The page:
A groundbreaking study by Hungarian scientists has found that dogs show increased brain sensitivity to speech directed specifically at them, especially when it is spoken by females. The study, published in the journal Communications Biology, used functional magnetic resonance imaging (fMRI) to measure the brain activity of trained family dogs while listening to recordings of dog-directed, infant-directed and adult-directed speech.
– Studying how the dog brain processes dog-directed speech is very interesting because it may help us understand how exaggerated prosody contributes to efficient speech processing in non-human species that are adept at relying on different speech cues.” – Anna Gergely, co-author of the study.
The importance of exaggerated prosody
When communicating with people who have limited language competence, such as infants and dogs, humans tend to use a style of speech characterized by exaggerated prosody. This style of speech, known as infant speech, has been shown to play a critical role in the healthy cognitive, social, and language development of children. Researchers have attempted to determine whether dogs show sensitivity to this specific style of speech.
In an fMRI study, conscious family dogs listened to speech recordings of 12 women and 12 men in real-life interactions. The recordings included dog-directed speech, infant-directed speech, and adult-directed speech. By measuring the dogs’ brain activity while listening to the recordings, the researchers sought to identify any patterns or differences in their neural responses.
Results and conclusions
The study found that the auditory areas of the dogs’ brains responded more strongly to speech directed at a dog or infant than to speech directed at an adult. This is the first neural evidence that dogs’ brains are indeed attuned to speech directed specifically to them. Interestingly, the sensitivity of the dogs’ brains to speech directed at dogs and infants was more pronounced when the speakers were female. The results also showed that voice pitch and its variations play a significant role in the dogs’ responses.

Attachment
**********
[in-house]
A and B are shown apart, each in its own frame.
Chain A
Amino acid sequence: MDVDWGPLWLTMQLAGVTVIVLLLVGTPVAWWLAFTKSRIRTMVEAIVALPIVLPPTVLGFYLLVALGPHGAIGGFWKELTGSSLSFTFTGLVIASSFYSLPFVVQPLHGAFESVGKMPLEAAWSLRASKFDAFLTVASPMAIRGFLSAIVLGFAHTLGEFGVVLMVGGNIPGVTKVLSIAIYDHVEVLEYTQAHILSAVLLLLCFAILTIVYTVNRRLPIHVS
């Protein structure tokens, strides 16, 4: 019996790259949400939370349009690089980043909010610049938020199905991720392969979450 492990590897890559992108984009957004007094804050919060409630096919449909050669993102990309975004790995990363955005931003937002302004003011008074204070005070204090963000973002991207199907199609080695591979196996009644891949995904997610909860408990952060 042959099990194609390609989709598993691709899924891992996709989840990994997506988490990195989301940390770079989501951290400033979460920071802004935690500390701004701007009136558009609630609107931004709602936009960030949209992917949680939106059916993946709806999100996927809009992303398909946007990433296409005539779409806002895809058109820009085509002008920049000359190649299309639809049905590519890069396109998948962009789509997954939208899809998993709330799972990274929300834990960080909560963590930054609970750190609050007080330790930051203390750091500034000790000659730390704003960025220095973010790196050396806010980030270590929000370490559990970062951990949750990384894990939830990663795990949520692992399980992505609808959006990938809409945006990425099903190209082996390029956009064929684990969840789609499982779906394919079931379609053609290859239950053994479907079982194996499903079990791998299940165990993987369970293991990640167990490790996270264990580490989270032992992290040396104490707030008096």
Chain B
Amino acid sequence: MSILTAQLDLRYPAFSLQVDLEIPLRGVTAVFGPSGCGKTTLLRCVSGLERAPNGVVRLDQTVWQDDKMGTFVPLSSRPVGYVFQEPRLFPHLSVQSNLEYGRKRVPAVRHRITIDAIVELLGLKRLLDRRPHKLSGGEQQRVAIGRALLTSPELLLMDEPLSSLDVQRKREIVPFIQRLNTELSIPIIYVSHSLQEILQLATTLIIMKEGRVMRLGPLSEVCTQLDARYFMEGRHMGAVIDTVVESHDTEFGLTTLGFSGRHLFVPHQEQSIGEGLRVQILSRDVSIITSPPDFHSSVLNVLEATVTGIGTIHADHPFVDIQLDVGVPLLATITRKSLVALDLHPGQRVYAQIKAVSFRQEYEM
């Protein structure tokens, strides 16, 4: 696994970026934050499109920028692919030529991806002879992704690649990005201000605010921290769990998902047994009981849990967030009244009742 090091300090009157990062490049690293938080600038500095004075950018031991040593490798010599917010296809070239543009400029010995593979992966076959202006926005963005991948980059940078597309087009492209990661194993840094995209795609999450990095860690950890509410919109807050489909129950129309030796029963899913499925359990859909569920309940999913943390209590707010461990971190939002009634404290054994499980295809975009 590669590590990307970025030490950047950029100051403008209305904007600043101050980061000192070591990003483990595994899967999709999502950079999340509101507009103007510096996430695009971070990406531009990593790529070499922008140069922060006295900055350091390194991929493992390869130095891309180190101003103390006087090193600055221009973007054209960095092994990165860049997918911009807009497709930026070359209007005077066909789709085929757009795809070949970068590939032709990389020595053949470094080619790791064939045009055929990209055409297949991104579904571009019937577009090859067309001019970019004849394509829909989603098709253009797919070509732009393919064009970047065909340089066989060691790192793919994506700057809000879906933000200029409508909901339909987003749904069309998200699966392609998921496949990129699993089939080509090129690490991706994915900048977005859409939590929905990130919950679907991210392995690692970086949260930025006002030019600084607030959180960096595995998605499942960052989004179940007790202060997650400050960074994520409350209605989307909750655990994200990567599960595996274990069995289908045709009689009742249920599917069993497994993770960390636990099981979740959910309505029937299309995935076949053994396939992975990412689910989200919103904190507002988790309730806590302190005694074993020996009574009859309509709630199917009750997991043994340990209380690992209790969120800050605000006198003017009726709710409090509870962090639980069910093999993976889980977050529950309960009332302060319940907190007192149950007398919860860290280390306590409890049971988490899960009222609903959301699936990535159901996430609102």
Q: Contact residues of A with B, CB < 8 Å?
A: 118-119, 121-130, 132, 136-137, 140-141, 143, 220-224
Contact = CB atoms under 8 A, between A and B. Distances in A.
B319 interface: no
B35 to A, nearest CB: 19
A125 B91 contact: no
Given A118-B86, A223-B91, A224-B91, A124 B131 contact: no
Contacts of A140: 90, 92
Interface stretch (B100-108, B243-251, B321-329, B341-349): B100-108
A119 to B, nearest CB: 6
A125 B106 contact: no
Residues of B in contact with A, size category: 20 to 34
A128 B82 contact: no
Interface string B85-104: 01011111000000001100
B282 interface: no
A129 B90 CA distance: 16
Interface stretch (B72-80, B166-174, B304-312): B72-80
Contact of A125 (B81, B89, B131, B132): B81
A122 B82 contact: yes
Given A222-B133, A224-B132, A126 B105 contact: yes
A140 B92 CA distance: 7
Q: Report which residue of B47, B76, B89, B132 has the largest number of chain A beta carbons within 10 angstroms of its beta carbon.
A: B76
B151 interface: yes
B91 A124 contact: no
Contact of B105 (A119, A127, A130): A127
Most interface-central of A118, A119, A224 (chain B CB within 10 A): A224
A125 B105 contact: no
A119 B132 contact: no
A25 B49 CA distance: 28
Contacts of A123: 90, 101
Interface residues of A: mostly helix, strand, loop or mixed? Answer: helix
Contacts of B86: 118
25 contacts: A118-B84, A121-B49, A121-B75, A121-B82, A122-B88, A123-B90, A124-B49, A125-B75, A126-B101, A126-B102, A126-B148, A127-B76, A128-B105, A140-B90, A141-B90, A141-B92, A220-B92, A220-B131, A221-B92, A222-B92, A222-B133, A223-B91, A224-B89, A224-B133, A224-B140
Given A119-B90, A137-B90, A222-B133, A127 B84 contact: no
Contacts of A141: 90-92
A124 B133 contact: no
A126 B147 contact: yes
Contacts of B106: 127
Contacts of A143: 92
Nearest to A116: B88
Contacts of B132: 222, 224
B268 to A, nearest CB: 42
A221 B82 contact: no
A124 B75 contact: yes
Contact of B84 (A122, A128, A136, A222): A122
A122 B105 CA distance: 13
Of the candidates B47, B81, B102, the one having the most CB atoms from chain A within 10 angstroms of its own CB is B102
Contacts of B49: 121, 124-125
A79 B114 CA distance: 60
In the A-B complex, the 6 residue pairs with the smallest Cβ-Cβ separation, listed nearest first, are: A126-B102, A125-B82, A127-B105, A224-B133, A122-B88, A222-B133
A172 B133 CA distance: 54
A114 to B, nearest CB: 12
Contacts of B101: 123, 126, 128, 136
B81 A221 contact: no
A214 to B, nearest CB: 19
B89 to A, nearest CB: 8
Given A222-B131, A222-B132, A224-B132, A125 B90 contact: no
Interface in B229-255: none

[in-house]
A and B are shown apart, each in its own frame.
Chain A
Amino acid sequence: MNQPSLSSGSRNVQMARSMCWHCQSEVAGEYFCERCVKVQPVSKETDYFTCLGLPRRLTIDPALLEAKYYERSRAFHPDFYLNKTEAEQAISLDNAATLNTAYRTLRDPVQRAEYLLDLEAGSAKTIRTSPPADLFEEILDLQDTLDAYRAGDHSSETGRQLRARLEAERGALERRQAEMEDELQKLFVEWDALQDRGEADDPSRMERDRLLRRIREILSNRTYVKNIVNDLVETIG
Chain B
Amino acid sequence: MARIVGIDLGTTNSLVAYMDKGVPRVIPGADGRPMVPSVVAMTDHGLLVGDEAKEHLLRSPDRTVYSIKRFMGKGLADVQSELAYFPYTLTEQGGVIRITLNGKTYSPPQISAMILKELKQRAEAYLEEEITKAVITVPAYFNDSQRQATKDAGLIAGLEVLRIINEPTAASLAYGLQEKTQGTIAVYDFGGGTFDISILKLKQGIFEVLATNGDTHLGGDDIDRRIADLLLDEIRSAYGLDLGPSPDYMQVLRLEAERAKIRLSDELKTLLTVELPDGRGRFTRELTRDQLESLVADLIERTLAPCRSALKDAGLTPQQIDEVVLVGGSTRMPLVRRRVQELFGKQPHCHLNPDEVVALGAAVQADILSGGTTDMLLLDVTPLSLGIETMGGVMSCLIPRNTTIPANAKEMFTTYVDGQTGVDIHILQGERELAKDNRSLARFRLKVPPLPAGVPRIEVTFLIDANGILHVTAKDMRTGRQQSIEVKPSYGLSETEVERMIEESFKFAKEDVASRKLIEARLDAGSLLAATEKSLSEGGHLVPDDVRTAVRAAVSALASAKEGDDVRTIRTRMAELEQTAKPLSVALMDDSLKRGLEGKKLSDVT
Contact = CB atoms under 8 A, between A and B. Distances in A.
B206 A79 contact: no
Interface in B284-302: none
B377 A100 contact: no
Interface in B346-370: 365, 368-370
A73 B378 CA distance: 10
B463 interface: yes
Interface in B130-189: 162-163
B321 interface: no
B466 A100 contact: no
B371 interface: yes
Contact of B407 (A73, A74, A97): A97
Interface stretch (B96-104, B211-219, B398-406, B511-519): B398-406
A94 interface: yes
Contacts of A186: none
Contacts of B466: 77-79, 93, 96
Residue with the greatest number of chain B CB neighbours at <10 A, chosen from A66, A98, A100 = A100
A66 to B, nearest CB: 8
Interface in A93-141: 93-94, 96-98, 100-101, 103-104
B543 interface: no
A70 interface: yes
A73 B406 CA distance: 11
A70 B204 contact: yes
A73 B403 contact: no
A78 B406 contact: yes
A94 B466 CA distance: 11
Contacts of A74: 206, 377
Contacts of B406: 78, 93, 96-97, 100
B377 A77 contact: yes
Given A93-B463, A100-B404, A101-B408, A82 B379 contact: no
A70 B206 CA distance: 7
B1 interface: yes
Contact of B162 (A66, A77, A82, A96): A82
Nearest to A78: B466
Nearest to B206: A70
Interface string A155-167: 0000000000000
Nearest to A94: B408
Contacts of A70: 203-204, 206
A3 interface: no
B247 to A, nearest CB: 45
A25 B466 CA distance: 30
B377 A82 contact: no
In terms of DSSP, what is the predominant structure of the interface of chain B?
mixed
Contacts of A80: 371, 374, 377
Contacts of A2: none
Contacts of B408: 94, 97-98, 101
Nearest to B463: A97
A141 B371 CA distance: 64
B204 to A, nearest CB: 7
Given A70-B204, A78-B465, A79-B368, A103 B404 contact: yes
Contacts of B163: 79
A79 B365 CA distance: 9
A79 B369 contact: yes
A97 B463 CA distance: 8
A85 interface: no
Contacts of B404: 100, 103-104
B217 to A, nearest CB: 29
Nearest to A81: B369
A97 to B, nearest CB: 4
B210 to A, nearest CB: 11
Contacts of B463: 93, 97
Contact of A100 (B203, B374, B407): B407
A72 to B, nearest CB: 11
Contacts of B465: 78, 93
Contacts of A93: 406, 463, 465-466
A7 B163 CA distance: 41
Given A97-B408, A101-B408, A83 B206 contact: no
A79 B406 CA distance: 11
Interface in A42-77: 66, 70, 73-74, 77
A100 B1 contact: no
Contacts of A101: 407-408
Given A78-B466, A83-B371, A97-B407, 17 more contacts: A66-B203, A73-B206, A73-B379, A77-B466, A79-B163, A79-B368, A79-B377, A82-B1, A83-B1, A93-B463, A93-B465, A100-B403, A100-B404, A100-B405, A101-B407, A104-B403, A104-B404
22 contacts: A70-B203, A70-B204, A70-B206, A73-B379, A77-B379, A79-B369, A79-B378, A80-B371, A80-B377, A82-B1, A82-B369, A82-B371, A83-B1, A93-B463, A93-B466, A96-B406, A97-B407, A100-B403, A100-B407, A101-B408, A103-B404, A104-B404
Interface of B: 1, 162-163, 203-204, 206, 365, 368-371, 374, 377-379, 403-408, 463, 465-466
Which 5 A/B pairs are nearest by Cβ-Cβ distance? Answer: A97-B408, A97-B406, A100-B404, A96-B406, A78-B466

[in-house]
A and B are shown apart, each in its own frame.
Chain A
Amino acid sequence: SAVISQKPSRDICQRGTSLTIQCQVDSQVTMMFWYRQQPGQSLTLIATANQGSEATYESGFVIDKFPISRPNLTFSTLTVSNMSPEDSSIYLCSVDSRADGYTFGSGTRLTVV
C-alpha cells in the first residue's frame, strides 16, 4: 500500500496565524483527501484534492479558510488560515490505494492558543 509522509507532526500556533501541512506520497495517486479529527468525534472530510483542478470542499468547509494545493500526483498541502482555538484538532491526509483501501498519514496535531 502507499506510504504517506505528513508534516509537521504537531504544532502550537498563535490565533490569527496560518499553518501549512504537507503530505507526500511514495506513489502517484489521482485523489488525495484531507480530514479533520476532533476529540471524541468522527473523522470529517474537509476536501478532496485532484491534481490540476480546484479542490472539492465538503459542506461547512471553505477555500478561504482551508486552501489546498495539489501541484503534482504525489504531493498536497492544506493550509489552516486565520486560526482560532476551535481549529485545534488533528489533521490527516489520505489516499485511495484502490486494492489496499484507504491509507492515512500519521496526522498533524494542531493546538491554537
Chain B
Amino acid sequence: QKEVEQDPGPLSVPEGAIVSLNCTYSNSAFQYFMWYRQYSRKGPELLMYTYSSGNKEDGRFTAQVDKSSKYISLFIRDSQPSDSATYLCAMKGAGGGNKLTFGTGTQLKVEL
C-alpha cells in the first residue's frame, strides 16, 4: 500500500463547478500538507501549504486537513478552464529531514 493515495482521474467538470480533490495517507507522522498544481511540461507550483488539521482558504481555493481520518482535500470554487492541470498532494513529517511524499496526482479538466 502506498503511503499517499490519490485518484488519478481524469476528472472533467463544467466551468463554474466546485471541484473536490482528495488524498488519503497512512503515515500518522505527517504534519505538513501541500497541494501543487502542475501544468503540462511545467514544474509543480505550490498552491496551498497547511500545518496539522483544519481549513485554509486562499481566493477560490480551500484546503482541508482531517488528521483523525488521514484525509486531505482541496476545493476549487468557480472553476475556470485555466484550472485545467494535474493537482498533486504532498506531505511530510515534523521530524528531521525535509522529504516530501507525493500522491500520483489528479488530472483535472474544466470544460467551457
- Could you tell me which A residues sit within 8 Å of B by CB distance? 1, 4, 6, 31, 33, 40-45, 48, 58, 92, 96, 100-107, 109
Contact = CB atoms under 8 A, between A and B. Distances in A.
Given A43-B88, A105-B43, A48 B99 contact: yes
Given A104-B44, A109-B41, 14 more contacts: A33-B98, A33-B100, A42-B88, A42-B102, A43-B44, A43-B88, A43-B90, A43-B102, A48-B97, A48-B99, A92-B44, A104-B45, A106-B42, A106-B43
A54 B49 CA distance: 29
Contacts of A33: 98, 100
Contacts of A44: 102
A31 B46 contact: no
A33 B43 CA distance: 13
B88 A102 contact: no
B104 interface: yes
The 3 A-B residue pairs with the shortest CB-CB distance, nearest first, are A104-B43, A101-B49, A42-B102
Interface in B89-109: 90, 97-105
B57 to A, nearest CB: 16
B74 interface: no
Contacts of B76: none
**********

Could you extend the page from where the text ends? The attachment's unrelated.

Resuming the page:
Implications and expert opinions
The findings suggest that the way we speak to dogs does matter and that their brains are particularly sensitive to the exaggerated prosody usually associated with female voices. Anna Gergely, co-author of the study, emphasizes the importance of studying how dogs’ brains process speech directed at dogs, as this may provide insight into how exaggerated prosody contributes to efficient speech processing in non-human species.
Anna Gabor, another co-author of the study, explains that the dogs’ brains’ increased sensitivity to dog-directed speech delivered by women may be due to the fact that women are more likely to use exaggerated prosody when communicating with dogs. This preference may have formed during the domestication of dogs.
– What makes this result particularly interesting is that in dogs, unlike in infants, this sensitivity cannot be explained by either an ancient response to kin signals or by intrauterine exposure to the female voice.” – Anna Gabor, co-author of the study.